Two Board Game Reviews: Asara and Indigo

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At the beginning of the year I wrote about my favourite board games. Many of you came up with some wonderful suggestions and I’d like to thank those who recommended Ticket to Ride Europe – it is as good as you said it would be!

Since then I have been lucky enough to have been approached by Ravensburger Games. They asked if I would be willing to review two of their new games: Indigo and Asara. As a massive fan of board games I jumped at the chance and am pleased to report that they are both fantastic games.

Ravensburger Indigo


The basic idea of this game is to collect gems by moving them into your ‘gate’. This is done by placing hexagonal tiles on the board in order to create a path. Each tile has a random pathway, crossing and curving in three different directions. The clever layout of the board means that it is easy to divert gems from other players at the last minute and all players must keep an eye on the entire board, not just the gems they expect to be theirs.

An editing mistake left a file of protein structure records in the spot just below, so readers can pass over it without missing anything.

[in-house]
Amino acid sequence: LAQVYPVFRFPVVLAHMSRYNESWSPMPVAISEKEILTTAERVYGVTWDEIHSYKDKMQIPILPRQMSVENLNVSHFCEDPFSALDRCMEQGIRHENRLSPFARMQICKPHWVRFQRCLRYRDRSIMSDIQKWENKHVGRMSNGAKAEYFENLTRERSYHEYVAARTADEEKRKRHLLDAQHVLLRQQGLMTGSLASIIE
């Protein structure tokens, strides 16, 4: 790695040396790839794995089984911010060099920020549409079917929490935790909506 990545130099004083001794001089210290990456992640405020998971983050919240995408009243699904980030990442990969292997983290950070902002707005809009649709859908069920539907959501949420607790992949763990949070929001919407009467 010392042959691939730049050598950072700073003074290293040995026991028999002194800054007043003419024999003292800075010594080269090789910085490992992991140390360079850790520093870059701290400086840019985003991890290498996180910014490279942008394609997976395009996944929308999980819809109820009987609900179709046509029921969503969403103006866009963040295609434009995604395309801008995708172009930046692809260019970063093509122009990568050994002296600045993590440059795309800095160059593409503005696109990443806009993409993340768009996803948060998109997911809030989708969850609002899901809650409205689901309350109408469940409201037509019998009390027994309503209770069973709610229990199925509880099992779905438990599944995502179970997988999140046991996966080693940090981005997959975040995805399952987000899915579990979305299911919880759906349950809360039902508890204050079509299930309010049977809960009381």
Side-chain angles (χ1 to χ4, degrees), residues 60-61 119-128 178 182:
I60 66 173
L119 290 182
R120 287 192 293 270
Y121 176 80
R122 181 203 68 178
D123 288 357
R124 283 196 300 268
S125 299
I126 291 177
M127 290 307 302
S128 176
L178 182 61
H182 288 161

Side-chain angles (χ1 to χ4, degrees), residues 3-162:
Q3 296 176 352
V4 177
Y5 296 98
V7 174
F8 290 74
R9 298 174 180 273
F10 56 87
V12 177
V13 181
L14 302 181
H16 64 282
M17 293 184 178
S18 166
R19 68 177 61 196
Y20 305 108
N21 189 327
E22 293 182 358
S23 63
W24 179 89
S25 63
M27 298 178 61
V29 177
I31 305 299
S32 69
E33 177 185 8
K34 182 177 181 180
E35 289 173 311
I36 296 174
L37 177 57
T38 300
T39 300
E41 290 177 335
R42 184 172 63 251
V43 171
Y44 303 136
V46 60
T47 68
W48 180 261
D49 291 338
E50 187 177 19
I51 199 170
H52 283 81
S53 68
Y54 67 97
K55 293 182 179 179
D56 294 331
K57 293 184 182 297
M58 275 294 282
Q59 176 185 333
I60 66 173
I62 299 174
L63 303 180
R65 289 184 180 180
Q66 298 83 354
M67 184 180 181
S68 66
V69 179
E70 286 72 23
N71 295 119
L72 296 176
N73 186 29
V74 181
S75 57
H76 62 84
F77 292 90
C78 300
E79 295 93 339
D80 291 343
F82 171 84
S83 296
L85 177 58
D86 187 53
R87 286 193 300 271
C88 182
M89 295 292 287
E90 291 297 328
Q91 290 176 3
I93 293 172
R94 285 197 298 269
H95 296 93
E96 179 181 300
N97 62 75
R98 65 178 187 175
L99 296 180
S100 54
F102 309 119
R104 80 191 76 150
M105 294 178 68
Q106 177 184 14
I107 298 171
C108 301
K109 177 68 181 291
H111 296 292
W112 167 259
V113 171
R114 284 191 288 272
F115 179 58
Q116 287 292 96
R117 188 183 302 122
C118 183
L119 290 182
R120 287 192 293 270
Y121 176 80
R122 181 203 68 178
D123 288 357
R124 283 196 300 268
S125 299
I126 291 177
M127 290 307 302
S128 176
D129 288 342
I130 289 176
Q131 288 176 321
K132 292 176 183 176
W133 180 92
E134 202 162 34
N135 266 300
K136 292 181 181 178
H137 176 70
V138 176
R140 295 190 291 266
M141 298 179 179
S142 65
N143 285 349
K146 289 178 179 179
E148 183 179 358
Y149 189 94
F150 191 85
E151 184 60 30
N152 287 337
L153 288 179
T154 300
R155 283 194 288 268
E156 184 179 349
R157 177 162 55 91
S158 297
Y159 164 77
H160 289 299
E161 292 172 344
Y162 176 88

Age range

Indigo is aimed at the family market. The box recommends it for children over 8-years-old, but my 6-year-old and his friends loved playing it. They may not have completely grasped the best strategies, but when playing with others at the same level they enjoyed themselves. It relies too much on luck to be an enjoyable strategy game for adults, but it is a great family game.



The game is beautifully designed and the glass ‘gems’ give it a real feeling of quality.  The set up is quick and the tiles are made from a thick card, giving it durability. The box is manufactured perfectly, enabling all the pieces to be put away tidily.

Number of Players: 2-4

The game is easier with two players, as each gets more gates to pass their gems through. With four players it gets more competitive, something the adults enjoyed, but the children found a little frustrating. The unpredictability of the four player game (it is easy to ‘steal’ gems that players assume are theirs) means that it tends to work better when adults are also playing as *whispers* they can help the younger players by deliberately making bad moves!